Key staff members including Editor-in-Chief Adam Boulton and Director of Content Cristina Nicolotti Squires lift the lid on how Sky News covered the election through the night.
Education & Training
Aimed at early career engineers in broadcasting or its related industries, the award celebrates the new talent making its mark on the industry.
The RTS Young Technologist of the Year Award is open to those working for fewer than five years within the technical side of broadcasting or its related industries.
Judges will look for applicants who can already demonstrate their contribution to their sector and who have a good overview of the industry as a whole.
My week starts the way it has done most Mondays for the past three years – sitting in a university library. There’s one big difference. At this time of year, there is a veil of calm. The underlying current of stress has dissipated. It’s a big change from the tensions of exam season a month ago.
Chairs stand unoccupied and academic books are tossed aside. I am finally on my last chapter. This one is entitled “The real world of television”.
Card has spent the last two years on the BBC Broadcast Engineer Trainee graduate scheme, working towards his MSc in Broadcast Engineering.
During this time, Card has worked with the Radio Projects, World Service Distribution and Research and Development’s Immersive and Interactive content team.
Card is currently investigating how AI and machine learning can assist programme teams who require vision monitoring for his final project.
Addressing the students and mentors, RTS Education Chair Graeme Thompson said: “You are part of a thriving project, which is making a difference to representation in the TV and screen industry. We fervently believe that we reach the parts that others in the industry can’t reach – and that’s fantastic for the diversity of our industry.”
RTS bursary student: Natasha Graham
Mentor: Julian Unthank, Screenwriter
Natasha on Julian
I wasn’t sure what to expect from the mentoring programme. I was a bit nervous about being matched up with Julian. You never know what someone’s going to be like.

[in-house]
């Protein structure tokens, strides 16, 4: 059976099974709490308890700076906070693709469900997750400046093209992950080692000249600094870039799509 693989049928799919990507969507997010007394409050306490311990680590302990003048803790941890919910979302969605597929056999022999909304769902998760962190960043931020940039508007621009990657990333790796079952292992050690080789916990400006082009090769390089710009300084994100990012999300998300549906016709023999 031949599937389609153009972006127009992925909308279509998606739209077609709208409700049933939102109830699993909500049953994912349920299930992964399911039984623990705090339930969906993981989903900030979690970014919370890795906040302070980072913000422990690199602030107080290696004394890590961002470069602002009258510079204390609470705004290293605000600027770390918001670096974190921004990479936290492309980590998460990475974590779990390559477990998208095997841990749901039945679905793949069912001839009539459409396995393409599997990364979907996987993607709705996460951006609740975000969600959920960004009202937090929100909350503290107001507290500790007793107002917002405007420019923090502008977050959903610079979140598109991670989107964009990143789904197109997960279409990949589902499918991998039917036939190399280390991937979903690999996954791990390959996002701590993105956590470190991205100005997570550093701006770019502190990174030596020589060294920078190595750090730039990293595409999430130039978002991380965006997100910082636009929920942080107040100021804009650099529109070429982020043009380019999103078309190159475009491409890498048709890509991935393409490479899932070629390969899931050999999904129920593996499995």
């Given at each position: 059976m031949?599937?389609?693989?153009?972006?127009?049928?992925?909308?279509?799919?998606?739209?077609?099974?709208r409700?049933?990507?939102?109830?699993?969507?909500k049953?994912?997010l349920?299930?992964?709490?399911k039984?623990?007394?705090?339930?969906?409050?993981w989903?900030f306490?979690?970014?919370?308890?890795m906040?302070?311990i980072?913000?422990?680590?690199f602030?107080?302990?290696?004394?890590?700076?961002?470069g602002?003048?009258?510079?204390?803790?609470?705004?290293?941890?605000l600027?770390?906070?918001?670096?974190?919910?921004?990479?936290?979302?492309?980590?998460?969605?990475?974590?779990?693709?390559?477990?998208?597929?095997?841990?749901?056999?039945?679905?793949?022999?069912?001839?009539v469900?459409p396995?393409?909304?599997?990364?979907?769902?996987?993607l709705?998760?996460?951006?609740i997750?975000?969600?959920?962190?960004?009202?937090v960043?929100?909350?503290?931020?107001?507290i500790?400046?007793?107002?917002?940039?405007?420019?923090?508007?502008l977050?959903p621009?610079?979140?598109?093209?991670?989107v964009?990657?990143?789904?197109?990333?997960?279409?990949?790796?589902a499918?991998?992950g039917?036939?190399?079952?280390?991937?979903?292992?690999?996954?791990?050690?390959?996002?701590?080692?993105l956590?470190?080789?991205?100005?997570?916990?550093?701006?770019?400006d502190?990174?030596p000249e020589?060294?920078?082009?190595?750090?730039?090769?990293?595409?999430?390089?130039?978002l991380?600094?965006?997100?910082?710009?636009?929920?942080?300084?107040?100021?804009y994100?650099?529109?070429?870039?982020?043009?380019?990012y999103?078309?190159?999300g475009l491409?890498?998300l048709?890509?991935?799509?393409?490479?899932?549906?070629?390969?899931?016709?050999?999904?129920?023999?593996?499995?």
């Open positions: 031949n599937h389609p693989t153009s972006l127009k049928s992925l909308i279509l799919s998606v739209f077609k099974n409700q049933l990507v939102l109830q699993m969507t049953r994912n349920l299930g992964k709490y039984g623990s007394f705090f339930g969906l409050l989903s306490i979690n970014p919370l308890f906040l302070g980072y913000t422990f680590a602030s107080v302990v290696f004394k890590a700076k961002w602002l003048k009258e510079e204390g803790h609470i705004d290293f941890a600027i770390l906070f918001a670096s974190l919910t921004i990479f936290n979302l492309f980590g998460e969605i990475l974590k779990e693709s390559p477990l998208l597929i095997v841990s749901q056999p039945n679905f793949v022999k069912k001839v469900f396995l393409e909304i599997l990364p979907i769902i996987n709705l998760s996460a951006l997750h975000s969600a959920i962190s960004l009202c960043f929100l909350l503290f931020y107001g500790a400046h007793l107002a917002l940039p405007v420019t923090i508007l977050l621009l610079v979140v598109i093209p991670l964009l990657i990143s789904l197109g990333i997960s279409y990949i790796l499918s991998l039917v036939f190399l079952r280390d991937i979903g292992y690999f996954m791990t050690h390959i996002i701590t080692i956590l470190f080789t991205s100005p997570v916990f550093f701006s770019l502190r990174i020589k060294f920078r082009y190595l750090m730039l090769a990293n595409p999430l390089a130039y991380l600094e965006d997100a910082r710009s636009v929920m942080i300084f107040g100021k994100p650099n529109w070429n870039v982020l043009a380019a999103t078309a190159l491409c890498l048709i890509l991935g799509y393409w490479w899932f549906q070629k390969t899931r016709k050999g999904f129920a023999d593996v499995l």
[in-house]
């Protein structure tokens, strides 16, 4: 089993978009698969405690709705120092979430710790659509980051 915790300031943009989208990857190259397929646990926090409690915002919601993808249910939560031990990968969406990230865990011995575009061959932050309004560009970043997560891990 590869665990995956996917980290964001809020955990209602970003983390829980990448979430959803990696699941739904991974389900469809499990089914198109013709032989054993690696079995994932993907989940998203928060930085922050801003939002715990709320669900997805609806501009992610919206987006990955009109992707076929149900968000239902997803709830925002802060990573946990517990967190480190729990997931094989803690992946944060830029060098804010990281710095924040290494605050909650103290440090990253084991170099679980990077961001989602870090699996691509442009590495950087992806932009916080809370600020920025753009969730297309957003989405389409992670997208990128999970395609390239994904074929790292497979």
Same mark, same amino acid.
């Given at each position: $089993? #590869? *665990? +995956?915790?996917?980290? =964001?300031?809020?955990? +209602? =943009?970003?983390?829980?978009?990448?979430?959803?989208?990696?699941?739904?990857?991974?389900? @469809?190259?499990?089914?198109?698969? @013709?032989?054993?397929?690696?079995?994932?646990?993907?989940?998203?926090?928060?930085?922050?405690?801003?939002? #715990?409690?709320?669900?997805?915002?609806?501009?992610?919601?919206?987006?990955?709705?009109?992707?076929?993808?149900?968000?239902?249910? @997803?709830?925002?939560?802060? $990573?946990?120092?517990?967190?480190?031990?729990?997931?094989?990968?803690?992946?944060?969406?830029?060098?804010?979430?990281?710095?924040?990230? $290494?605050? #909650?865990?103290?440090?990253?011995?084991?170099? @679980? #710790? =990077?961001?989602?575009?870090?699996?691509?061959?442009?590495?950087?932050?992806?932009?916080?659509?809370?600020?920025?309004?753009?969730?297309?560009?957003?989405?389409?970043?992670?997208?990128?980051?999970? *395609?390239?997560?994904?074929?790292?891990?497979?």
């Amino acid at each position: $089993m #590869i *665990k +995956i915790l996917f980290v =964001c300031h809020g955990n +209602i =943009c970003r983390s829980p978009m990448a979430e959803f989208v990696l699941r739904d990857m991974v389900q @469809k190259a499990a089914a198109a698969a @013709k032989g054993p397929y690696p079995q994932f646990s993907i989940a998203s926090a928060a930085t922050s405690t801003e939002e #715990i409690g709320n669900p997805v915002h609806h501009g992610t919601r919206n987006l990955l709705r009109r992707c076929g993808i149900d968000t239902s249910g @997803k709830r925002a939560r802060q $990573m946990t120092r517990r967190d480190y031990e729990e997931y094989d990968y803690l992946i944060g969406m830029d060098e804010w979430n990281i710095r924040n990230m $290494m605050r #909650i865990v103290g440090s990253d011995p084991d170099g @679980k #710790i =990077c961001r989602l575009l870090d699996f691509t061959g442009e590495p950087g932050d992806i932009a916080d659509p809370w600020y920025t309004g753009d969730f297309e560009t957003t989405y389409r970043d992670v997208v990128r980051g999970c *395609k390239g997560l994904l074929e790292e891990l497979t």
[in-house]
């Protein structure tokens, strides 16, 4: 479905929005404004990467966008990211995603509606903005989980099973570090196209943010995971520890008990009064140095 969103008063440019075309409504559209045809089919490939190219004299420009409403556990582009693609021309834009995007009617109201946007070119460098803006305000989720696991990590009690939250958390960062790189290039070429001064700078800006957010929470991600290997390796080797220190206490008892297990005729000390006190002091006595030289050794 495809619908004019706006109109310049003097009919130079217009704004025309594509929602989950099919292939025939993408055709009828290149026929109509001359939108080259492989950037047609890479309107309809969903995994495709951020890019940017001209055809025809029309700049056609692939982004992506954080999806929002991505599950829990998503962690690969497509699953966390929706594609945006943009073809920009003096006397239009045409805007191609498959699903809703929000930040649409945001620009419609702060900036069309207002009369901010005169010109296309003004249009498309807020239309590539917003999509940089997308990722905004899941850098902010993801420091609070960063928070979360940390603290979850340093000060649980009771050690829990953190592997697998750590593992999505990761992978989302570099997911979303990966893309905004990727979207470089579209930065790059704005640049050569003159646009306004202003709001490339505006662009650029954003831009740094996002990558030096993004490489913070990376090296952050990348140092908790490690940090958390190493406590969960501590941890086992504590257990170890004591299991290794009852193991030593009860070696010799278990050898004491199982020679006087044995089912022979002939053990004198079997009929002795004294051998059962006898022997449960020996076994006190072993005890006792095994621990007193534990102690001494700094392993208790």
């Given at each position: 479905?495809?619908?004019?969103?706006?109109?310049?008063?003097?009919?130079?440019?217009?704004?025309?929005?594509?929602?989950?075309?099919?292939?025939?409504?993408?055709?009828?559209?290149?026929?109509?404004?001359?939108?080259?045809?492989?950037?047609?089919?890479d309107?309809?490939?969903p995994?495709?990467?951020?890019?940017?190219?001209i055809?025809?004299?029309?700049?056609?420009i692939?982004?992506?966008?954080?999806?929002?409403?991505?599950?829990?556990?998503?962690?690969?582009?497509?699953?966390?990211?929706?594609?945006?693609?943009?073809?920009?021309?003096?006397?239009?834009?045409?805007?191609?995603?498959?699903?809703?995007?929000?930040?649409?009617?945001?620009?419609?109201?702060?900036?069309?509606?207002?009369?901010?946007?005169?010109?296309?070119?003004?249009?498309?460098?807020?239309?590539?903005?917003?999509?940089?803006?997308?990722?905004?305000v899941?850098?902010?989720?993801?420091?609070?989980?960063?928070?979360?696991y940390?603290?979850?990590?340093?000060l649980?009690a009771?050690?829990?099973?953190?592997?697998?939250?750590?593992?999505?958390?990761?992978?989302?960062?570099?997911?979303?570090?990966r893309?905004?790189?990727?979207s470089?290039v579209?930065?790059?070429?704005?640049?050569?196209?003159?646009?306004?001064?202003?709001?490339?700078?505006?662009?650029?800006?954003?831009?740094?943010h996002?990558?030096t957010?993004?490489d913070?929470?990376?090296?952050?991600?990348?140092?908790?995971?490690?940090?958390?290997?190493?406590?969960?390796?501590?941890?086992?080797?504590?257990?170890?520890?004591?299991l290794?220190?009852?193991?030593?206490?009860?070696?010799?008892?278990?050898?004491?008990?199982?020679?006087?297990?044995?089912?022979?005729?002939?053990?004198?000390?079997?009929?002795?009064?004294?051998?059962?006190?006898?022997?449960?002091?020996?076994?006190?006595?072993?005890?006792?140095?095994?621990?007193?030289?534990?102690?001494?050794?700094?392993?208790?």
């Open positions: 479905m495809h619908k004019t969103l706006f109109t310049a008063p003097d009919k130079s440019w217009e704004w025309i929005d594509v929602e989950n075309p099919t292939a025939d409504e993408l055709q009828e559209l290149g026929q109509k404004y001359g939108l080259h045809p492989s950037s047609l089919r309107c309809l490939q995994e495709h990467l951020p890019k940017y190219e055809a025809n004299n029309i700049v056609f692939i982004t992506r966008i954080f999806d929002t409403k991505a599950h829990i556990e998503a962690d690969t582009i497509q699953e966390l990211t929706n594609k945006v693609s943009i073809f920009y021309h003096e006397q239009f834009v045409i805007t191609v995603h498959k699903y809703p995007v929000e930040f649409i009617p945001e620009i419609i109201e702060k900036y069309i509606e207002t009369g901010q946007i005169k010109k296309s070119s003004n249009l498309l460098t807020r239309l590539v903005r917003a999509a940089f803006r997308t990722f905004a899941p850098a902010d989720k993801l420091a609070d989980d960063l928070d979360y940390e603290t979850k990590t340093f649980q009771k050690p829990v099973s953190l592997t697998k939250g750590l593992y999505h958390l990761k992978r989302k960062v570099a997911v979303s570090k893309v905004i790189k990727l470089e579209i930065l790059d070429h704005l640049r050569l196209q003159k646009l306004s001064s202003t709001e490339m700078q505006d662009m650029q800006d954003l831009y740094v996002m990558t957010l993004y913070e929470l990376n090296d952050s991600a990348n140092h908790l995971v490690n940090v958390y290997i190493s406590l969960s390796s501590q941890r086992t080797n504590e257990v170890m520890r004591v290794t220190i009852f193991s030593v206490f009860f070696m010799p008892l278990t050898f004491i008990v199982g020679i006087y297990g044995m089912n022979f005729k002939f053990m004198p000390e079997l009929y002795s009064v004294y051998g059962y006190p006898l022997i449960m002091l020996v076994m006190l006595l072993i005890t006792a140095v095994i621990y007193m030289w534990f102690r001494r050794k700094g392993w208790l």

He was really nice, though. He called me straight away and asked me what I was interested in. He’s very down to earth. I like that about him.
He invited me to meet him at H Club London – we get membership as part of our RTS bursary, so that was nice.
The prestigious award, now open to entries, celebrates an outstanding technologist or engineer of the future and accepts submissions from individuals in the early stages of their career across broadcast or its related industries.
Now in its 10th year, this annual event has become a Southern Centre institution.
Some 200 production-based students from regional universities met around 15 media professionals to discuss TV production, opportunities in the industry and career development.
One of the professionals offering advice at the event was Dean Massey, who in 2014 was part of the first batch of students to receive an RTS bursary. Massey, a graduate of Southampton Solent University’s Television and Video Production course, currently works for Sky News as a camera operator/editor.
A packed RTS Futures event, Pitching Script to Screen, offered tips on how aspiring writers and producers should sell and hone their ideas.
Leading the expert panel of comedy and entertainment practitioners was Tom Davis, the star of the Bafta-award winning BBC Three sitcom, Murder in Successville.
Throughout the session he stressed there was no substitute for hard work and that even experienced TV actors and writers like himself never stopped learning.
Davis said that it was important to be “passionate” regarding the ideas you are trying to sell.
Led by former BBC and Channel 4 Head of Drama John Yorke, the Writers’ Academy will offer writers in the early stage of their careers the chance to develop their skills on some of the BBC’s long-running drama series.
The paid scheme will see successful applicants complete an intensive 13-week classroom period, followed by three months scripting episodes of Casualty, Holby City and EastEnders.
Participants will graduate with up to four scripts to their name, and will have their services optioned by BBC Studios for the next two years.